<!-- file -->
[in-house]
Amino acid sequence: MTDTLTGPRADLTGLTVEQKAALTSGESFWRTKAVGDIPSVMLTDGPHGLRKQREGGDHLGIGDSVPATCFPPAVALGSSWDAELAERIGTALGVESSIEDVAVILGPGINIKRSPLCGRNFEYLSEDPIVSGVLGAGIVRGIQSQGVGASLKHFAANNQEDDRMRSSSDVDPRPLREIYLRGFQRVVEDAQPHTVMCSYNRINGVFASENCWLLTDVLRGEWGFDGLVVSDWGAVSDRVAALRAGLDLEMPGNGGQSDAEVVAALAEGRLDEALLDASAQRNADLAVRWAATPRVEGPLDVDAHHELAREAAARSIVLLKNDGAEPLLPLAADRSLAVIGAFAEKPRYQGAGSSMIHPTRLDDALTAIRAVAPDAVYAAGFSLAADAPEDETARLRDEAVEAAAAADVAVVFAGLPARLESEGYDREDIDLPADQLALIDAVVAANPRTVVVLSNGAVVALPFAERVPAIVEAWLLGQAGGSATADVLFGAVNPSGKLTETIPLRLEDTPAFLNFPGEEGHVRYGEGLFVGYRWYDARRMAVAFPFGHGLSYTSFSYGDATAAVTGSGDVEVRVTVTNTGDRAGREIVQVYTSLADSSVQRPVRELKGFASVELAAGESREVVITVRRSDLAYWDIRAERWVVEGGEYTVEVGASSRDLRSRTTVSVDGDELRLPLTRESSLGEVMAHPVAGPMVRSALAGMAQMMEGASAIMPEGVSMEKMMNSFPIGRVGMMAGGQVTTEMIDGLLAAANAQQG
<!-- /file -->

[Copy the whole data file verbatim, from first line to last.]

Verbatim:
[in-house]
Amino acid sequence: MTDTLTGPRADLTGLTVEQKAALTSGESFWRTKAVGDIPSVMLTDGPHGLRKQREGGDHLGIGDSVPATCFPPAVALGSSWDAELAERIGTALGVESSIEDVAVILGPGINIKRSPLCGRNFEYLSEDPIVSGVLGAGIVRGIQSQGVGASLKHFAANNQEDDRMRSSSDVDPRPLREIYLRGFQRVVEDAQPHTVMCSYNRINGVFASENCWLLTDVLRGEWGFDGLVVSDWGAVSDRVAALRAGLDLEMPGNGGQSDAEVVAALAEGRLDEALLDASAQRNADLAVRWAATPRVEGPLDVDAHHELAREAAARSIVLLKNDGAEPLLPLAADRSLAVIGAFAEKPRYQGAGSSMIHPTRLDDALTAIRAVAPDAVYAAGFSLAADAPEDETARLRDEAVEAAAAADVAVVFAGLPARLESEGYDREDIDLPADQLALIDAVVAANPRTVVVLSNGAVVALPFAERVPAIVEAWLLGQAGGSATADVLFGAVNPSGKLTETIPLRLEDTPAFLNFPGEEGHVRYGEGLFVGYRWYDARRMAVAFPFGHGLSYTSFSYGDATAAVTGSGDVEVRVTVTNTGDRAGREIVQVYTSLADSSVQRPVRELKGFASVELAAGESREVVITVRRSDLAYWDIRAERWVVEGGEYTVEVGASSRDLRSRTTVSVDGDELRLPLTRESSLGEVMAHPVAGPMVRSALAGMAQMMEGASAIMPEGVSMEKMMNSFPIGRVGMMAGGQVTTEMIDGLLAAANAQQG